Tina Fey brings a new spark to the Poirot franchise

By Lindsey Bahr | Associated Press

Kenneth Branagh indulges in the kind of macabre theatricality that only a ruined Venetian palace on a stormy Halloween night can deliver in “A Haunting in Venice.” »

Moviegoers have probably long since made up their minds one way or another about Branagh’s majestic and flawed Hercule Poirot franchise, but if there’s any curiosity left for this third installment, it’s worth it. It’s scary, funny, and stars Tina Fey, sleek and stylish in her post-war costumes, as a fast-paced bestselling crime writer who says things like “I’m the smartest person I know” with a mid-Atlantic accent.

Set in 1947 on a particularly foggy night in the canal city, “A Haunting in Venice” is stunning to look at, with costumes by Sammy Sheldon, set design by John Paul Kelly and cinematography by Haris Zambarloukos. And it’s peppered with brooding but palatable scares that recall classics like “The Innocents” and “The Others,” bolstered by Hildur Guðnadóttir’s score. In other words, it might not excite a “Saw” enthusiast, but for the more easily spooked and nervous, it hits just the right notes.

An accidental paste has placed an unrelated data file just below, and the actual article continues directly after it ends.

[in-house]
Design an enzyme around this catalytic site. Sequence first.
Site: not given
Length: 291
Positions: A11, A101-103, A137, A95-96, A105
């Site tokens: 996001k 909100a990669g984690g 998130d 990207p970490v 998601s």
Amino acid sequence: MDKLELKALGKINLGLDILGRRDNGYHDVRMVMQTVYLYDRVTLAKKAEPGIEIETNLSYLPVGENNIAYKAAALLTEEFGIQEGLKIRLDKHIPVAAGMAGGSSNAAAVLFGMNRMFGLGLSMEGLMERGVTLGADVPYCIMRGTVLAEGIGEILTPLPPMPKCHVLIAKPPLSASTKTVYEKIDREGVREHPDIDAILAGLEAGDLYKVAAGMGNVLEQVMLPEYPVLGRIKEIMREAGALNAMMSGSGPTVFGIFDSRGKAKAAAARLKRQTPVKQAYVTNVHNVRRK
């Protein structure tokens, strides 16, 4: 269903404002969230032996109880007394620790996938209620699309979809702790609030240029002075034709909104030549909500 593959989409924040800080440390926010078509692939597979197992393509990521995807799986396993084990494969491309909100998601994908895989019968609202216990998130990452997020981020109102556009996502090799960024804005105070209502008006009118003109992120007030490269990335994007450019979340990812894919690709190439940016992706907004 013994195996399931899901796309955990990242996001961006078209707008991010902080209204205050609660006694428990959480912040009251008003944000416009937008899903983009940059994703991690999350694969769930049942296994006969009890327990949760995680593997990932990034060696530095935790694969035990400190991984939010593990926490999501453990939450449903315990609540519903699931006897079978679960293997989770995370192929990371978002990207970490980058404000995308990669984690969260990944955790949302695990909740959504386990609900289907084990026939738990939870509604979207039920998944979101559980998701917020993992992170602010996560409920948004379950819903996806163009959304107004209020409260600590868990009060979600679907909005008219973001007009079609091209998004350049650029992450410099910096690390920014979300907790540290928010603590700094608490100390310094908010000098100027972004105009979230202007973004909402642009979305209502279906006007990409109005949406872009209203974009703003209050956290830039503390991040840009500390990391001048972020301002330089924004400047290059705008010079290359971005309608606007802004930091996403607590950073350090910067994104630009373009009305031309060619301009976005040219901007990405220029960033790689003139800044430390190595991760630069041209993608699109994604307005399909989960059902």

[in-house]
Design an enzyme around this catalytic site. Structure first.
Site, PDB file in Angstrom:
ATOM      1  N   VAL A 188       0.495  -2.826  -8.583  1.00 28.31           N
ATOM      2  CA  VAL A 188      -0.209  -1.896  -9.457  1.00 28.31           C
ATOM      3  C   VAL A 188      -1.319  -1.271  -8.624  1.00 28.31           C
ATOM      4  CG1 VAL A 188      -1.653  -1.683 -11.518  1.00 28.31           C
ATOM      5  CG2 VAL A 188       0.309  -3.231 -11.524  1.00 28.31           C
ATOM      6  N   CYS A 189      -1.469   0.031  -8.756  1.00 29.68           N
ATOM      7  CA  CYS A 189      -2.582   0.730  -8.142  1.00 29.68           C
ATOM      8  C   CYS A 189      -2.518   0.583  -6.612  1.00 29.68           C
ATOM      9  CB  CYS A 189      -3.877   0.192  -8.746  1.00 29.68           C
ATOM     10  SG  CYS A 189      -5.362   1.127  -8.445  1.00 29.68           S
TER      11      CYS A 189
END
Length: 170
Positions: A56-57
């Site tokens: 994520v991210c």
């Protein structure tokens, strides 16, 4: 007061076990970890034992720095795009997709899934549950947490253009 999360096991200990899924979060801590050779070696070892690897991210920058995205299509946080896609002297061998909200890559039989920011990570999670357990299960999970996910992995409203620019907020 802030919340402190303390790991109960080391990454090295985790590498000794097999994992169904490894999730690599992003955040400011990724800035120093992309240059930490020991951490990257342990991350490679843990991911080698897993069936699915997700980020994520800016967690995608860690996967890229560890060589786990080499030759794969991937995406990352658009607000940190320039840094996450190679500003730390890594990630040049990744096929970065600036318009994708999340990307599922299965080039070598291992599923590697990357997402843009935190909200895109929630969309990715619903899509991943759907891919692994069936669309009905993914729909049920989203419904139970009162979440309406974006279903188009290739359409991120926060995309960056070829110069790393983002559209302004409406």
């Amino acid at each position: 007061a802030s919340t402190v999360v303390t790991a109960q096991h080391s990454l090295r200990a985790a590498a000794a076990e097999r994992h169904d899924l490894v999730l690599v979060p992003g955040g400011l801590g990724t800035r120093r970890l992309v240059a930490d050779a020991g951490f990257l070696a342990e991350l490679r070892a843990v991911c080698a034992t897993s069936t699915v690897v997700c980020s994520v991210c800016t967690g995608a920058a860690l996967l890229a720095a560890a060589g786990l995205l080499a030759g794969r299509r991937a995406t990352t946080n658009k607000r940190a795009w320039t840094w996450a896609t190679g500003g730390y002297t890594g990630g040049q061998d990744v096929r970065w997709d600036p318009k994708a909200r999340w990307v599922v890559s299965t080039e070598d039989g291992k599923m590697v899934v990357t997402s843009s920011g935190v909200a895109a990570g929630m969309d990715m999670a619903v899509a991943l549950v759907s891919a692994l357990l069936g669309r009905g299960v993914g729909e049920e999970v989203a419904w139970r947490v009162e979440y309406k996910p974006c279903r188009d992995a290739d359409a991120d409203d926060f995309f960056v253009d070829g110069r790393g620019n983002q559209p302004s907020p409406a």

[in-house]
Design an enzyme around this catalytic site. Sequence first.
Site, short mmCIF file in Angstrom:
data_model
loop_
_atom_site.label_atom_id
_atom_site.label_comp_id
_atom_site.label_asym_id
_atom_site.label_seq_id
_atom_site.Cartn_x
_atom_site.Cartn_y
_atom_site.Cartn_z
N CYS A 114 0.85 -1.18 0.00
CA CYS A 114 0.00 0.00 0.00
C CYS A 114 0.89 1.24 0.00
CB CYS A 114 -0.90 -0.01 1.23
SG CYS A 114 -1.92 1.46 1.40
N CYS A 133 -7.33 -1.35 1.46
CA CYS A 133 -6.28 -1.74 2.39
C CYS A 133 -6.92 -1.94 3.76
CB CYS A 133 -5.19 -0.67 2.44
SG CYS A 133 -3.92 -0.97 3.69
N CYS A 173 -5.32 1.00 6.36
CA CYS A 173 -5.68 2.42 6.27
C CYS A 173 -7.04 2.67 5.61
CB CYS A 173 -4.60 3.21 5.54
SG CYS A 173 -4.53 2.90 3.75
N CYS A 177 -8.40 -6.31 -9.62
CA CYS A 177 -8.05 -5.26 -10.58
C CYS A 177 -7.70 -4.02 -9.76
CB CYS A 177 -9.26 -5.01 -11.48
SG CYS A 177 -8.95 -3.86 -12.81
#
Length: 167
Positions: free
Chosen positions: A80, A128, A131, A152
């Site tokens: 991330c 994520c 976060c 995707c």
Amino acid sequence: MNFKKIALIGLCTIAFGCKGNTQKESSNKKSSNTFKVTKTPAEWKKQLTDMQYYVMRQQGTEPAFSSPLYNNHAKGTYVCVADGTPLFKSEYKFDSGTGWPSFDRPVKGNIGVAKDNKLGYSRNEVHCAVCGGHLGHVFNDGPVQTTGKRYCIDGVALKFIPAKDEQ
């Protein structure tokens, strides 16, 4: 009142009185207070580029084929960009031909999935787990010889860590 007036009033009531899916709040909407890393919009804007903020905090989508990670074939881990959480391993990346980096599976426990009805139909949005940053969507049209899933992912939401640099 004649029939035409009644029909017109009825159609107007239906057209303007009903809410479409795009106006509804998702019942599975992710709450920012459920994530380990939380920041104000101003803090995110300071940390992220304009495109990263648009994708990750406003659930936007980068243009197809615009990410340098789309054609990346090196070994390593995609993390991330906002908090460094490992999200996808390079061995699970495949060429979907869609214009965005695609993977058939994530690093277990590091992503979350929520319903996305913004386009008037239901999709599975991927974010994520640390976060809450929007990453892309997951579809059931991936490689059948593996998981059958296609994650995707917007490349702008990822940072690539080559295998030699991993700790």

Agatha Christie takes a bit of a back seat here, while Branagh and screenwriter Michael Green only draw inspiration from her 1969 book “The Hallowe’en Party” for their haunting, initially moving it to Venice. This is where Poirot chose to live out his self-imposed retirement (an enviable exile if ever there was one). However, his whereabouts are no secret: desperate people line up outside his quaint apartment in the hope that he will try to solve their case. But for now, a handsome Italian bodyguard (Riccardo Scamarcio) is there to make sure they don’t come close enough to ask.

Ariadne Oliver de Fey, however, walks through the doors with a different kind of offer: she wants Poirot to accompany her to a session. This outlet, she says, appears to be the real deal and only he will be able to figure out if it’s just a trap. Soon, reluctantly, he finds himself at a Halloween party for the town’s orphans, hosted by a famous opera singer, Rowena, (Kelly Reilly) along with a deceased famous girl they hope to contact later in the evening when the children leave.


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